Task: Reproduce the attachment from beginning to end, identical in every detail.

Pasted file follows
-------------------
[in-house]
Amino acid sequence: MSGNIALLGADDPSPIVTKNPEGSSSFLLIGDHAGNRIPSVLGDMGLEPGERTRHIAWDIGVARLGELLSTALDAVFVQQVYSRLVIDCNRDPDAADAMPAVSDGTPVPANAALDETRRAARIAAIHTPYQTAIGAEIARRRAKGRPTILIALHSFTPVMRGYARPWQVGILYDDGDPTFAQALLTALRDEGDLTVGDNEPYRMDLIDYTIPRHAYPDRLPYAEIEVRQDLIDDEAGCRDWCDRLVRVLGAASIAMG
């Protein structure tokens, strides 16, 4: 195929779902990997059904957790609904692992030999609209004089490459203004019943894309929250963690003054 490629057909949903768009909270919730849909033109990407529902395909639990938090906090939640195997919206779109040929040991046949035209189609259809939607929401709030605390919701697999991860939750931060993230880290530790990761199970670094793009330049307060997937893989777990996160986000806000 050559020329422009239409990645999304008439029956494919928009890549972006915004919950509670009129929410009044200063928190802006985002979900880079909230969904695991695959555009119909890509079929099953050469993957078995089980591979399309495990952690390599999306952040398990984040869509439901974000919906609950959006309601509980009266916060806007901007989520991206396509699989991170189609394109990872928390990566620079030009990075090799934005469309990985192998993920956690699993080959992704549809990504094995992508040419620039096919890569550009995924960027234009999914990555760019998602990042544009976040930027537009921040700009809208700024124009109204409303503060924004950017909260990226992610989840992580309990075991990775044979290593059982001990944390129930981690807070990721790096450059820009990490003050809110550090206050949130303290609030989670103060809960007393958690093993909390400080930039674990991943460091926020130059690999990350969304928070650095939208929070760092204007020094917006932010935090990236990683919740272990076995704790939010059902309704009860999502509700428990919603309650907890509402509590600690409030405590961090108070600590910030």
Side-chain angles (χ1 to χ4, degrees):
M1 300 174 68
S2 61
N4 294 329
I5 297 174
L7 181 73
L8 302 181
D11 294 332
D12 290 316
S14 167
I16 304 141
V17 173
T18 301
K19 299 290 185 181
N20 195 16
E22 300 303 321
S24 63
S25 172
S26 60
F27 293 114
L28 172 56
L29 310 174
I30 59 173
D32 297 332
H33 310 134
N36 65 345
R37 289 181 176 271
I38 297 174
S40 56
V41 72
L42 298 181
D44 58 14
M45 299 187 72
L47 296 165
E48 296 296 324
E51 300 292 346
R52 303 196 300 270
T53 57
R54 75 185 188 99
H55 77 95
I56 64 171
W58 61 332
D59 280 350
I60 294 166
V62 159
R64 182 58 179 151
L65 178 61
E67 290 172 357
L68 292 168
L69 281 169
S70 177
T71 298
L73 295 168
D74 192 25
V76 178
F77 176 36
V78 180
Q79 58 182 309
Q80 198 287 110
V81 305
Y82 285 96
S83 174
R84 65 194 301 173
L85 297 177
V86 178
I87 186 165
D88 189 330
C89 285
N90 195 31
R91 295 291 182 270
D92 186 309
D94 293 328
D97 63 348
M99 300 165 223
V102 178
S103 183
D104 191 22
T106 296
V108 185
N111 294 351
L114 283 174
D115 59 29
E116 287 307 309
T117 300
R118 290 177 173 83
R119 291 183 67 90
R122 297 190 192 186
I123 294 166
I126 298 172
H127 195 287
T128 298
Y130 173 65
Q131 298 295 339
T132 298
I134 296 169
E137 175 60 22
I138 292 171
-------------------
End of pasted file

[in-house]
Amino acid sequence: MSGNIALLGADDPSPIVTKNPEGSSSFLLIGDHAGNRIPSVLGDMGLEPGERTRHIAWDIGVARLGELLSTALDAVFVQQVYSRLVIDCNRDPDAADAMPAVSDGTPVPANAALDETRRAARIAAIHTPYQTAIGAEIARRRAKGRPTILIALHSFTPVMRGYARPWQVGILYDDGDPTFAQALLTALRDEGDLTVGDNEPYRMDLIDYTIPRHAYPDRLPYAEIEVRQDLIDDEAGCRDWCDRLVRVLGAASIAMG
């Protein structure tokens, strides 16, 4: 195929779902990997059904957790609904692992030999609209004089490459203004019943894309929250963690003054 490629057909949903768009909270919730849909033109990407529902395909639990938090906090939640195997919206779109040929040991046949035209189609259809939607929401709030605390919701697999991860939750931060993230880290530790990761199970670094793009330049307060997937893989777990996160986000806000 050559020329422009239409990645999304008439029956494919928009890549972006915004919950509670009129929410009044200063928190802006985002979900880079909230969904695991695959555009119909890509079929099953050469993957078995089980591979399309495990952690390599999306952040398990984040869509439901974000919906609950959006309601509980009266916060806007901007989520991206396509699989991170189609394109990872928390990566620079030009990075090799934005469309990985192998993920956690699993080959992704549809990504094995992508040419620039096919890569550009995924960027234009999914990555760019998602990042544009976040930027537009921040700009809208700024124009109204409303503060924004950017909260990226992610989840992580309990075991990775044979290593059982001990944390129930981690807070990721790096450059820009990490003050809110550090206050949130303290609030989670103060809960007393958690093993909390400080930039674990991943460091926020130059690999990350969304928070650095939208929070760092204007020094917006932010935090990236990683919740272990076995704790939010059902309704009860999502509700428990919603309650907890509402509590600690409030405590961090108070600590910030």
Side-chain angles (χ1 to χ4, degrees):
M1 300 174 68
S2 61
N4 294 329
I5 297 174
L7 181 73
L8 302 181
D11 294 332
D12 290 316
S14 167
I16 304 141
V17 173
T18 301
K19 299 290 185 181
N20 195 16
E22 300 303 321
S24 63
S25 172
S26 60
F27 293 114
L28 172 56
L29 310 174
I30 59 173
D32 297 332
H33 310 134
N36 65 345
R37 289 181 176 271
I38 297 174
S40 56
V41 72
L42 298 181
D44 58 14
M45 299 187 72
L47 296 165
E48 296 296 324
E51 300 292 346
R52 303 196 300 270
T53 57
R54 75 185 188 99
H55 77 95
I56 64 171
W58 61 332
D59 280 350
I60 294 166
V62 159
R64 182 58 179 151
L65 178 61
E67 290 172 357
L68 292 168
L69 281 169
S70 177
T71 298
L73 295 168
D74 192 25
V76 178
F77 176 36
V78 180
Q79 58 182 309
Q80 198 287 110
V81 305
Y82 285 96
S83 174
R84 65 194 301 173
L85 297 177
V86 178
I87 186 165
D88 189 330
C89 285
N90 195 31
R91 295 291 182 270
D92 186 309
D94 293 328
D97 63 348
M99 300 165 223
V102 178
S103 183
D104 191 22
T106 296
V108 185
N111 294 351
L114 283 174
D115 59 29
E116 287 307 309
T117 300
R118 290 177 173 83
R119 291 183 67 90
R122 297 190 192 186
I123 294 166
I126 298 172
H127 195 287
T128 298
Y130 173 65
Q131 298 295 339
T132 298
I134 296 169
E137 175 60 22
I138 292 171